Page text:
There’s this nagging ache that Washington Dental Services, the state’s largest dental insurer, really needs to see its dentists about.
The pain, ignored last fall by the board of directors for Washington Dental Services, also known as Delta Dental, has only gotten worse and recently resulted in a call by the Washington State Dental Association, which represents the state’s dentists, for the extraction of Delta’s chief executive in Washington, Jim Dwyer. The petition, signed by 1,500 of Delta’s 4,500 member dentists, says the dentists have lost confidence in Dwyer and want the board to remove him in advance of his planned retirement in January 2019.
The problem for Washington Dental Service started last year when hundreds of its member dentists petitioned Delta’s board of directors for a special membership meeting to consider a slate of amendments to Delta’s bylaws. Dentists with WSDA had expressed concerns about increasing marketing and other administrative costs, including its move from its former Northgate location to 61,000 square feet of leased space in Seattle’s South Lake Union, amid Amazon, the Allen Institute, UW Medicine and the Seattle Cancer Care Alliance.
Delta’s dentists also had complaints about a steady rise in the nonprofit’s reserve funds and continuing frustration among dentists and patients with denial of claims and procedures and delays in care. Last August, the Herald Editorial Board met with Dr. Marissa Bender, a Lynnwood dentist and past president of the Snohomish County Dental Association, who said she had to write off charges for some of her patients because Delta either required a delay in a procedure that she felt was not in a patient’s interest or because a pre-authorized procedure was later denied coverage by Delta.
There was concern, said Bracken Killpack, the WSDA’s executive director, that some decisions on whether a procedure would be covered were being made by computer algorithms rather than by dentists with knowledge of patient care.
Among the bylaw changes that the dentists sought:
Require Delta to work with the state Office of the Insurance Commissioner and participate in an independent review board regarding disputes between Delta and dentists regarding patient care and denied claims, as other medical insurance providers are required to do;
Restrict administrative expenses to 6 percent of revenue, devoting 94 percent of revenue to patient care, refunding any revenue over that cap to Delta customers; and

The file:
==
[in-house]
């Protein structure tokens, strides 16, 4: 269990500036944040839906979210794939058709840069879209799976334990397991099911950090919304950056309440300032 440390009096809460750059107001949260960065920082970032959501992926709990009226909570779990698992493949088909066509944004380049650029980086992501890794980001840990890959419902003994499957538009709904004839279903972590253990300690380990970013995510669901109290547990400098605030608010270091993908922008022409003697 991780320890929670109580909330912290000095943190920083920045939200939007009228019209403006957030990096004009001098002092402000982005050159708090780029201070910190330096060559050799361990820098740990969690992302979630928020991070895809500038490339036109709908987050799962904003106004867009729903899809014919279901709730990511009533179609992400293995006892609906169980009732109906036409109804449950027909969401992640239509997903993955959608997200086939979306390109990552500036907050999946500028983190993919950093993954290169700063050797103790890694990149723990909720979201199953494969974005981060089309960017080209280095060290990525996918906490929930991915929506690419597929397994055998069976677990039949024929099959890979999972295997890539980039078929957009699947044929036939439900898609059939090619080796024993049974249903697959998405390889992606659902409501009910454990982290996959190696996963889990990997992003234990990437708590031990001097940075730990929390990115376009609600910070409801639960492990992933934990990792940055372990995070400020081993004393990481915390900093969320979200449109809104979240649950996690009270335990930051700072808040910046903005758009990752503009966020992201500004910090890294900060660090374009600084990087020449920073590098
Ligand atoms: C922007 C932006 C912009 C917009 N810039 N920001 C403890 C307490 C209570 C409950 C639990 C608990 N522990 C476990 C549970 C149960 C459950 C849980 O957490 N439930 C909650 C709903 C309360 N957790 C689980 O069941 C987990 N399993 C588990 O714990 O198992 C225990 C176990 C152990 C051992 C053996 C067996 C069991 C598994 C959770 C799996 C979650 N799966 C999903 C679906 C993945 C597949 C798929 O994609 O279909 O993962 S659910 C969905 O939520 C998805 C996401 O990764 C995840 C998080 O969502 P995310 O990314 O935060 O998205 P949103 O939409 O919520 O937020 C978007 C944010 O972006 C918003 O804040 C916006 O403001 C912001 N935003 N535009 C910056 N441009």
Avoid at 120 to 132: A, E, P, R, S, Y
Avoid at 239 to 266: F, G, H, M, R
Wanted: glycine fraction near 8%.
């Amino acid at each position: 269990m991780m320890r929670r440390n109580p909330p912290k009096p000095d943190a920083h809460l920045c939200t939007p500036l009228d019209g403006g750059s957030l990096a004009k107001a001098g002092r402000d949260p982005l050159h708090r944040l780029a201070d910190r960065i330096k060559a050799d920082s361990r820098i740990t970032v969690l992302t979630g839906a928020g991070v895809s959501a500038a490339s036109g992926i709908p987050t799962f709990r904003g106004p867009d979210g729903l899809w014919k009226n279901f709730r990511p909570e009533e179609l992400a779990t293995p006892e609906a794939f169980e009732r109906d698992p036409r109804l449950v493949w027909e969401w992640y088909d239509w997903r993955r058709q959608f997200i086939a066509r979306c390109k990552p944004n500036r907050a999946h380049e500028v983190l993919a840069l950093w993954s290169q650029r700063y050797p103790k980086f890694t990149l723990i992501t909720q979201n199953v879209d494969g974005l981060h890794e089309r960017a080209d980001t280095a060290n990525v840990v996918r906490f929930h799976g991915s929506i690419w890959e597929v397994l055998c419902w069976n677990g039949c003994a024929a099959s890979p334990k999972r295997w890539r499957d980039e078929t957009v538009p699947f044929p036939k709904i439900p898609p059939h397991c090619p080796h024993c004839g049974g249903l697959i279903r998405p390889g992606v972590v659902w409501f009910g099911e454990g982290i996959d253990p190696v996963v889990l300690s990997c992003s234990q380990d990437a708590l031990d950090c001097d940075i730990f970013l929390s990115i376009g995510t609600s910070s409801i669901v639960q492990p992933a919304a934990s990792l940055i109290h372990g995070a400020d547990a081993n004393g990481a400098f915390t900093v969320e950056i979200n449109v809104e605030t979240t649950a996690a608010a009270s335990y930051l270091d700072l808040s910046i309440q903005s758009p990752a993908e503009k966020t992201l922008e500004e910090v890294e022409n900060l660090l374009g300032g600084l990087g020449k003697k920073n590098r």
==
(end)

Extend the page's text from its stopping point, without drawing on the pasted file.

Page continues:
Improve transparency regarding expenses, financial statements and on the percentage of claims denied and which denied claims had been reviewed by a dentist.
Last September, during the special meeting of the insurer’s board of directors in Lynnwood, which member dentists either had to attend in person or vote by proxy, 2,300 of Delta’s dentists — a majority of its 4,500 members — cast ballots with 91 percent voting to approve the bylaw amendments.
The response by Delta’s board? It vetoed the bylaw amendments and canceled the annual membership meeting that is typically held each fall.
The struggle between Delta and its dentists has not received much news coverage, playing out mostly through op-ed columns.
Dwyer, in an opinion piece in The Seattle Times in November, claimed that some of the bylaw changes sought would have violated antitrust laws or the organization’s fiduciary duty to manage the insurer for long-term stability. Dwyer also said that of the 15 million dental procedures in 2016 submitted to it for processing, it disallowed less than one-half of 1 percent.
But even that low percentage means that payment was rejected for somewhere near 75,000 claims. We have to say “somewhere,” because the rejection of one of the suggested bylaw changes means Delta doesn’t have to report the actual figures to its member dentists or its customers.
The blanket rejection of the bylaw amendments by Delta’s board — sought by an overwhelming majority of its member dentists who attended the September meeting — represents a crisis of confidence among providers for an insurer that covers more than 2 million of the state’s 7 million residents.
Removing a CEO who has less than a year left before retirement may sound like an unnecessary procedure to some, but for Delta to restore the confidence of its dentists, at least 1 out of 3 dentists agree it is.
Correction: In an earlier version of this editorial, WSDA Executive Director Bracken Killpack’s first name was incorrect.